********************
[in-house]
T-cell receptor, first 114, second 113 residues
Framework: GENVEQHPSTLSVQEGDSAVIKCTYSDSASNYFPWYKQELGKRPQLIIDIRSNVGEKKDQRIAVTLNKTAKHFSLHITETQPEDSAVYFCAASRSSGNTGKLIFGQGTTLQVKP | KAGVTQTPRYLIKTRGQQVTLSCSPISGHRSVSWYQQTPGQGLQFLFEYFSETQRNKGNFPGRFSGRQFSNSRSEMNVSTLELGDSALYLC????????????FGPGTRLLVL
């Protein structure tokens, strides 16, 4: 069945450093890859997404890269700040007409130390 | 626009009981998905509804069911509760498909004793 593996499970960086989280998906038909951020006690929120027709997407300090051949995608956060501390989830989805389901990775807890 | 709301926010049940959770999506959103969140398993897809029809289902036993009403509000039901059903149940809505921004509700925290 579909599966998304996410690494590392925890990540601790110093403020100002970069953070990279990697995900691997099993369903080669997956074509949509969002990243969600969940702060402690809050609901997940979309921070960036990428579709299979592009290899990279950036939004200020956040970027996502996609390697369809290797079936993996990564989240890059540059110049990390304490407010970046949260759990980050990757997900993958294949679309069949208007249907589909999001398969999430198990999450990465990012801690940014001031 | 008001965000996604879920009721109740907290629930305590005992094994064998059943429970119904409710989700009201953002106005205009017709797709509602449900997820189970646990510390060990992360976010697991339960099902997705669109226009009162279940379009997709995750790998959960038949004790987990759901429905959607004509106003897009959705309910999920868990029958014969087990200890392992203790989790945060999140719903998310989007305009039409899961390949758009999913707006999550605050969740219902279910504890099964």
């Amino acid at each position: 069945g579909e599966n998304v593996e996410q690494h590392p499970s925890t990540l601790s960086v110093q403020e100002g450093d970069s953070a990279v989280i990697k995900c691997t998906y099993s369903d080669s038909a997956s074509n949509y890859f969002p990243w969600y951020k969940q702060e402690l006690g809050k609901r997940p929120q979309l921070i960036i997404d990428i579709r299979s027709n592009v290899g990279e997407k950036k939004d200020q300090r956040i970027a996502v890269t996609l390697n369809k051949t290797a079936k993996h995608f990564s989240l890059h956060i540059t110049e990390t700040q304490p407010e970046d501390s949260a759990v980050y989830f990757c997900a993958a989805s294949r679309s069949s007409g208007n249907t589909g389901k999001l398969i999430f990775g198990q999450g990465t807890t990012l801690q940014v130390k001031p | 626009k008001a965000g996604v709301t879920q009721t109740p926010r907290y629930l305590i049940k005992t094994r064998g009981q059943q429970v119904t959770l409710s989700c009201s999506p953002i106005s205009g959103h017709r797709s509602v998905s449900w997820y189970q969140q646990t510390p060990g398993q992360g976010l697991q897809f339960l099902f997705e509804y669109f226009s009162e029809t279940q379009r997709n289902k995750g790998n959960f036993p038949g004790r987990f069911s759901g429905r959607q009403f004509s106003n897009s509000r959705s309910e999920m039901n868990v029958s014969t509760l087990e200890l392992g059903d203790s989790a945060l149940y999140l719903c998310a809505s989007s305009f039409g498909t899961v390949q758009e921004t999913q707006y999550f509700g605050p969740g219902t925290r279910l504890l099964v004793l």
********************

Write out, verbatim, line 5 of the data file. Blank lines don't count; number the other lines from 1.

């Amino acid at each position: 069945g579909e599966n998304v593996e996410q690494h590392p499970s925890t990540l601790s960086v110093q403020e100002g450093d970069s953070a990279v989280i990697k995900c691997t998906y099993s369903d080669s038909a997956s074509n949509y890859f969002p990243w969600y951020k969940q702060e402690l006690g809050k609901r997940p929120q979309l921070i960036i997404d990428i579709r299979s027709n592009v290899g990279e997407k950036k939004d200020q300090r956040i970027a996502v890269t996609l390697n369809k051949t290797a079936k993996h995608f990564s989240l890059h956060i540059t110049e990390t700040q304490p407010e970046d501390s949260a759990v980050y989830f990757c997900a993958a989805s294949r679309s069949s007409g208007n249907t589909g389901k999001l398969i999430f990775g198990q999450g990465t807890t990012l801690q940014v130390k001031p | 626009k008001a965000g996604v709301t879920q009721t109740p926010r907290y629930l305590i049940k005992t094994r064998g009981q059943q429970v119904t959770l409710s989700c009201s999506p953002i106005s205009g959103h017709r797709s509602v998905s449900w997820y189970q969140q646990t510390p060990g398993q992360g976010l697991q897809f339960l099902f997705e509804y669109f226009s009162e029809t279940q379009r997709n289902k995750g790998n959960f036993p038949g004790r987990f069911s759901g429905r959607q009403f004509s106003n897009s509000r959705s309910e999920m039901n868990v029958s014969t509760l087990e200890l392992g059903d203790s989790a945060l149940y999140l719903c998310a809505s989007s305009f039409g498909t899961v390949q758009e921004t999913q707006y999550f509700g605050p969740g219902t925290r279910l504890l099964v004793l």